Singer/bassist John Cowan seems to have sifted through live recordings from several occasions when he played in Telluride, CO, for this in-concert collection. At the very least, the credits to 16 different backup musicians (among them three drummers) would suggest that. And so would the variety of instruments they play and the various styles. Best remembered for his tenure in New Grass Revival, Cowan has demonstrated an eclectic approach during his subsequent solo career, and he does so here, too. To be sure, there's plenty of bluegrass revival music, including the lively instrumental "Road to Silverton." But by the time that tune turns up in the set, Cowan has plowed through the bluesy swamp rock opener "Mississippi Delta Time," the country/pop/rock of "High Above the Powerlines" (which sounds like a lost track from Bruce Hornsby & the Range), the pop/rock of "Only the Night" (co-written by Bill Lloyd), and the country-rock of "Gotta Get Go" (which could pass for Poco). Later, Cowan gives Jesse Winchester's "Let's Make a Baby King" a funky bassline and encores with a saxophone-led cover of "Dark as a Dungeon," complete with a new verse he penned about South African miners, before concluding with a burst of rock & roll, "Ain't Necessarily Love." Over all the furious playing, which draws an enthusiastic crowd reaction, he sings in a powerful, flexible tenor that calls to mind Edgar Winter, and like Winter, he exults in holding notes and wailing. Previous Cowan albums have sometimes seemed over-the-top in performance terms, but here, before an audience hyperventilating in that thin air 8,745 feet above sea level, it might be more accurate to say that he raises the roof.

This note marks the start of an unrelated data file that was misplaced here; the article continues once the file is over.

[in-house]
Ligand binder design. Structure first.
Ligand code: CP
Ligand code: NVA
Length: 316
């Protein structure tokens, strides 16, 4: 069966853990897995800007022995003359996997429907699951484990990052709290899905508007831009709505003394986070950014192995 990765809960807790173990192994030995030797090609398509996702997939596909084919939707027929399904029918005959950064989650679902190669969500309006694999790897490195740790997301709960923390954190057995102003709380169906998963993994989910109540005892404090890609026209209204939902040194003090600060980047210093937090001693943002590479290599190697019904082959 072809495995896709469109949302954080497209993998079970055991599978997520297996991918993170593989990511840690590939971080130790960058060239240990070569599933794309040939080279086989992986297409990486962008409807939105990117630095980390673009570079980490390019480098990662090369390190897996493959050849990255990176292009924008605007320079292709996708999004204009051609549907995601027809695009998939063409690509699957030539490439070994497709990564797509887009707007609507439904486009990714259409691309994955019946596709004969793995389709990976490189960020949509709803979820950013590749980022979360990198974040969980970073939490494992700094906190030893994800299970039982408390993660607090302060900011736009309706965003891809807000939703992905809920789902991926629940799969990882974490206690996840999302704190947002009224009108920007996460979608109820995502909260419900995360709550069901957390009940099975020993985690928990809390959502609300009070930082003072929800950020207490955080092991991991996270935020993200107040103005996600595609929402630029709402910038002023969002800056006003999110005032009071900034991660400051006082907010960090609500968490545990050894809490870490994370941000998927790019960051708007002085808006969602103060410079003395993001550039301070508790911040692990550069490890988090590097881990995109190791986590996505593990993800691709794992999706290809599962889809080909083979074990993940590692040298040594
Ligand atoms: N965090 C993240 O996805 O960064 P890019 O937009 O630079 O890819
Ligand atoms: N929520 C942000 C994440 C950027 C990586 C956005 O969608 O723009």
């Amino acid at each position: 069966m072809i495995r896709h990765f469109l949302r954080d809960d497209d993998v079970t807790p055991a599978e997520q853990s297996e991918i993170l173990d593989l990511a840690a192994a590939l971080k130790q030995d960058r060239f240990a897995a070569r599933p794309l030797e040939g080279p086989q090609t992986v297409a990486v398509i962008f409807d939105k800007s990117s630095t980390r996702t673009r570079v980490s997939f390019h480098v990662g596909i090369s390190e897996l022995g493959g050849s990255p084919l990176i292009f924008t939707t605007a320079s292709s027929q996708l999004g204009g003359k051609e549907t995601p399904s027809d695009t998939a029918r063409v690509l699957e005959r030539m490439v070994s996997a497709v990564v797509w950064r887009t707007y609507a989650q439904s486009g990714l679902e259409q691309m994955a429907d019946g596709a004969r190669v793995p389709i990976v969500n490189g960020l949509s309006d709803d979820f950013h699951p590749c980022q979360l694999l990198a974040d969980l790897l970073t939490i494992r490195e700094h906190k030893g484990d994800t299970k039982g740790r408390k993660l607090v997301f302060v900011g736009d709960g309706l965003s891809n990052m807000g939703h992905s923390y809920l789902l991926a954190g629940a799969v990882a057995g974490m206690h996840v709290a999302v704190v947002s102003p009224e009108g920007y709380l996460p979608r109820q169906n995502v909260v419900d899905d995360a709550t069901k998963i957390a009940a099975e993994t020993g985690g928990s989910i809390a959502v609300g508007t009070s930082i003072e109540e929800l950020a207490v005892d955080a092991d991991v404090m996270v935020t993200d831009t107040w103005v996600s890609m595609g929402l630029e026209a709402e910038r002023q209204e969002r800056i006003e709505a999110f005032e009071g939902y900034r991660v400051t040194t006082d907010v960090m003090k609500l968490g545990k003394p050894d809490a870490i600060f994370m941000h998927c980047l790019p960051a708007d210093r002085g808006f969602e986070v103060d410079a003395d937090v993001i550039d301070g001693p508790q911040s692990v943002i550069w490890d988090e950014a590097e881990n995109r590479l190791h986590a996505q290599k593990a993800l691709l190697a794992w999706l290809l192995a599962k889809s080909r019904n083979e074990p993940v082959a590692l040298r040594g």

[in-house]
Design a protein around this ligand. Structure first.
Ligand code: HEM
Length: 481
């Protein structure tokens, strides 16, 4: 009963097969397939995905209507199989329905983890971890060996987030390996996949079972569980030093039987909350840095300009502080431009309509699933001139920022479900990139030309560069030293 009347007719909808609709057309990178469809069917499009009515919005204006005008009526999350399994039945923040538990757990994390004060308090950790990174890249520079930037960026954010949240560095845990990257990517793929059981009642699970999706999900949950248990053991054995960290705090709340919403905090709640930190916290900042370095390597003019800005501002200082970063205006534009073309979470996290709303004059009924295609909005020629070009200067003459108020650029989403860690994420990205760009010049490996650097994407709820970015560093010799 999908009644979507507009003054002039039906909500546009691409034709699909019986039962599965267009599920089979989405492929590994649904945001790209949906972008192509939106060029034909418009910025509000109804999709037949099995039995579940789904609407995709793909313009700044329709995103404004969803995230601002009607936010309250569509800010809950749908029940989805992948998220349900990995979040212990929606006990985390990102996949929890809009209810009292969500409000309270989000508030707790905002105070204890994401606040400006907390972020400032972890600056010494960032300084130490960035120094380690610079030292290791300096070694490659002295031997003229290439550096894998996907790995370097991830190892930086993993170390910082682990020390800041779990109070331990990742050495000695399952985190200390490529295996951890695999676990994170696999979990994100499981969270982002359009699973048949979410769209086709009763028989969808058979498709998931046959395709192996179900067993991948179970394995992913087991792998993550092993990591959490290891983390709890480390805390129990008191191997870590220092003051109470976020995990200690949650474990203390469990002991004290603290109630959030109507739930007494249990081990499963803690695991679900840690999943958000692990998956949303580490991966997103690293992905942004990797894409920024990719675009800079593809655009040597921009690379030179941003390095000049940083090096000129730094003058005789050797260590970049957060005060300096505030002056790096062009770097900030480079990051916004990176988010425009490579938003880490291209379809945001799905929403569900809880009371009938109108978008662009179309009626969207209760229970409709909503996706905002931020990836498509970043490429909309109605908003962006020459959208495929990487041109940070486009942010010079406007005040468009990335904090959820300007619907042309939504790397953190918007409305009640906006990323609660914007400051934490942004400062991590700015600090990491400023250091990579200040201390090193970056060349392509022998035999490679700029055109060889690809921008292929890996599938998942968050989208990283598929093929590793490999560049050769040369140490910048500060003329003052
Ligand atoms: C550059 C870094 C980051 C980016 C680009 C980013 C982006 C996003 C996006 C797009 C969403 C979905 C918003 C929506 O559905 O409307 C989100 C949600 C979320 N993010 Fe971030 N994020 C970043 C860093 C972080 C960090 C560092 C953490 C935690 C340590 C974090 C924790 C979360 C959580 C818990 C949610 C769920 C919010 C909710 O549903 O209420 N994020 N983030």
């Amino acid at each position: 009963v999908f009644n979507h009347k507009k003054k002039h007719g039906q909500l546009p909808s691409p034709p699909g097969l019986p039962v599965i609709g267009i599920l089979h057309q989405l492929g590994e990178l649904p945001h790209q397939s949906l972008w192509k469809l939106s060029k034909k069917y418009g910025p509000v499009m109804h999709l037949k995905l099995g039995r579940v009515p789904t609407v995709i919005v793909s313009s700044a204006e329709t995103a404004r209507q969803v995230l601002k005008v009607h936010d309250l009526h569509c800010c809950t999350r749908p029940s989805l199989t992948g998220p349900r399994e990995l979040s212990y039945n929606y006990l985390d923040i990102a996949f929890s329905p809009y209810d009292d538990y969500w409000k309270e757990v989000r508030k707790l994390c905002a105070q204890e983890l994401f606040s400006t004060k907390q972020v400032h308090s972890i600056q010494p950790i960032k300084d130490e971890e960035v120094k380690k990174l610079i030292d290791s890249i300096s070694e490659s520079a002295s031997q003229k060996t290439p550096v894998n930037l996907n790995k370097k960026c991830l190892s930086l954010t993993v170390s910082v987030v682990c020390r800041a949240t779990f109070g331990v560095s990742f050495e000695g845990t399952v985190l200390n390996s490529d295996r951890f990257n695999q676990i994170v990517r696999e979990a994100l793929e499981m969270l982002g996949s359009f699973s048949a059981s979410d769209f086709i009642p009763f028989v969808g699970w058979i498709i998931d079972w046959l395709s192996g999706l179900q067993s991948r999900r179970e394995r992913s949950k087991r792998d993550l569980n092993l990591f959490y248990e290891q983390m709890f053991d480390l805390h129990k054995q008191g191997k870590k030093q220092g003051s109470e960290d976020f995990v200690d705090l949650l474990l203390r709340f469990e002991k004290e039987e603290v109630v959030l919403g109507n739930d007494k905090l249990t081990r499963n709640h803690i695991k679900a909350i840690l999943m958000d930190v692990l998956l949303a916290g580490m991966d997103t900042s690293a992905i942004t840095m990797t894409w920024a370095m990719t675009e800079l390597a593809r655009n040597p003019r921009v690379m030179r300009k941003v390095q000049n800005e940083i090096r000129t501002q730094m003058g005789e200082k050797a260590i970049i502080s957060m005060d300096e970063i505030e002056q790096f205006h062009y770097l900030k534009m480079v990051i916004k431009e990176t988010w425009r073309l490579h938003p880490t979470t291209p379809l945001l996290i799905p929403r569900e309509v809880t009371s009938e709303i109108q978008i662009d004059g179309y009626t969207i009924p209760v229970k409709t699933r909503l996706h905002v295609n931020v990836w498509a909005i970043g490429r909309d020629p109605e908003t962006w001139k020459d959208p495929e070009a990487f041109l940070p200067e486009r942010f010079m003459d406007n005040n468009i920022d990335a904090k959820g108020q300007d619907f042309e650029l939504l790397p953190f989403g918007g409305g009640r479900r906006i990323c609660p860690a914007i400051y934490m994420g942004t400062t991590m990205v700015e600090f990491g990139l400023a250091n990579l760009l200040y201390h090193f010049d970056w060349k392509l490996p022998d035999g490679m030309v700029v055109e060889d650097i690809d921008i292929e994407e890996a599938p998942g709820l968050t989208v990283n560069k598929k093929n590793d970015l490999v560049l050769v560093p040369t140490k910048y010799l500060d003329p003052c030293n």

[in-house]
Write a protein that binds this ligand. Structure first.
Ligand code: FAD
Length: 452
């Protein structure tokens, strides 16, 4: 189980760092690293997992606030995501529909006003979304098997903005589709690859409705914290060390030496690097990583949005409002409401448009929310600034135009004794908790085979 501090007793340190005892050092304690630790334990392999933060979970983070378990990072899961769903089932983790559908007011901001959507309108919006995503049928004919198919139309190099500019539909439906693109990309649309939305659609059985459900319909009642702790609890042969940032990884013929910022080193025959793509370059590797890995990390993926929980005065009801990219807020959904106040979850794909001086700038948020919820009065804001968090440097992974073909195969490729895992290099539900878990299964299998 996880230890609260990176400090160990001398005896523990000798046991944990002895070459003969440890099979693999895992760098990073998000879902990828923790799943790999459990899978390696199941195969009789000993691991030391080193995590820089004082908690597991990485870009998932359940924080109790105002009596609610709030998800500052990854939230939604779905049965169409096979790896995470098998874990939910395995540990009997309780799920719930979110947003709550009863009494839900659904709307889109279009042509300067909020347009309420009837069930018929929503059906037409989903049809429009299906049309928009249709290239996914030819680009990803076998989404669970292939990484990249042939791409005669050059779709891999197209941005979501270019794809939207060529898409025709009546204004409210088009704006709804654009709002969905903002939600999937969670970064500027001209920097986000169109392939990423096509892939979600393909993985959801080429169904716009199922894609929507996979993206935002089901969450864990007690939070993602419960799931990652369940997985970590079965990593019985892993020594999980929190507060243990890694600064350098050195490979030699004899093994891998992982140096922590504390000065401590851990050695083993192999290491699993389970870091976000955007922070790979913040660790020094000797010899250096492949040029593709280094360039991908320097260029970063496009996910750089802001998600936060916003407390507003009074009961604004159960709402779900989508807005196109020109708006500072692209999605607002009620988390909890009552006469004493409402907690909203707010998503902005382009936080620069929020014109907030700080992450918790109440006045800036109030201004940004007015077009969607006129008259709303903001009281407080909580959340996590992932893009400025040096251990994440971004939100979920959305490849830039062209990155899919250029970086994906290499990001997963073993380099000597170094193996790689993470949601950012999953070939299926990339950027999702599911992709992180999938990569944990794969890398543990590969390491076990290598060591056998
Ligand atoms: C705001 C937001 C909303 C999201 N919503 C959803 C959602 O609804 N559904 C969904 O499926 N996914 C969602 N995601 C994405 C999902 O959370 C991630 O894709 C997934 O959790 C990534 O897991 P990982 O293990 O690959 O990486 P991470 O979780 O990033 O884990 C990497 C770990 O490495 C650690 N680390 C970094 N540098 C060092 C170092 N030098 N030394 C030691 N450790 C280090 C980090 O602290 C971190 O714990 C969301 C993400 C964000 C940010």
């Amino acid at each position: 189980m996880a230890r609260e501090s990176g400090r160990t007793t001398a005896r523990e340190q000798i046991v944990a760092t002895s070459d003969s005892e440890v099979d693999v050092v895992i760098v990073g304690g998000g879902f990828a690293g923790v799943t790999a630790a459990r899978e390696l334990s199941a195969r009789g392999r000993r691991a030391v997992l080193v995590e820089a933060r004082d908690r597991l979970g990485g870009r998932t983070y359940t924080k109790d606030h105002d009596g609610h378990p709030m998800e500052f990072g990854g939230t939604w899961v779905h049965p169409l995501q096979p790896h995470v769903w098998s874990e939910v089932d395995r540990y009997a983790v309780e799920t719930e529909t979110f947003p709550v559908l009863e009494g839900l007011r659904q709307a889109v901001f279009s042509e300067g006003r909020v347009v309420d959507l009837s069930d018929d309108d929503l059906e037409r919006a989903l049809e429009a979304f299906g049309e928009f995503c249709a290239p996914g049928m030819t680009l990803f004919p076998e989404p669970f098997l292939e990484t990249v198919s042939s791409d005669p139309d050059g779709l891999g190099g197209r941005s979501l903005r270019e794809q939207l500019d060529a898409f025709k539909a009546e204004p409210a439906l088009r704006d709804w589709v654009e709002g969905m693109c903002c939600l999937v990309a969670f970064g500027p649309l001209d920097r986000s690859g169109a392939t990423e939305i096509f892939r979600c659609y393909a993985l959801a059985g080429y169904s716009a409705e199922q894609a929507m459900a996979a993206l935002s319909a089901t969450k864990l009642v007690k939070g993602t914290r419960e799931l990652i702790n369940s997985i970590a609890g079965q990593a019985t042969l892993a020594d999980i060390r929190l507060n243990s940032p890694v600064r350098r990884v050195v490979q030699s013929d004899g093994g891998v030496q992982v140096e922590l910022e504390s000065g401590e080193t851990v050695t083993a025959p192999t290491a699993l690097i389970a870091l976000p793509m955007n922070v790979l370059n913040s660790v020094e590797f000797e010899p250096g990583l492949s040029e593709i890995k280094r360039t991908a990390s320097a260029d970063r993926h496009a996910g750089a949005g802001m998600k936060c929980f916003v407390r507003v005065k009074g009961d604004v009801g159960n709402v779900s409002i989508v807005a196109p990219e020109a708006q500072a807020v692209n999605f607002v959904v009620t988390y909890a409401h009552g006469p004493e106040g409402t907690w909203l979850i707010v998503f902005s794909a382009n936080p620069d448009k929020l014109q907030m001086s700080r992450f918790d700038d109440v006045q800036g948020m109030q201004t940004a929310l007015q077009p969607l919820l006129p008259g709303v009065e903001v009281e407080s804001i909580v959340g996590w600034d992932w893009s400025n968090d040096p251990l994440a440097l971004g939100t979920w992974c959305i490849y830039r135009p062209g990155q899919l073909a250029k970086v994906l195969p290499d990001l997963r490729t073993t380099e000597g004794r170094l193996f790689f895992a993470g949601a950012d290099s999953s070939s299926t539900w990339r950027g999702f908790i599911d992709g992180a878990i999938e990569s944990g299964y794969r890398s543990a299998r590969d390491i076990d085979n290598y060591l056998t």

AllMusic Review by William Ruhlmann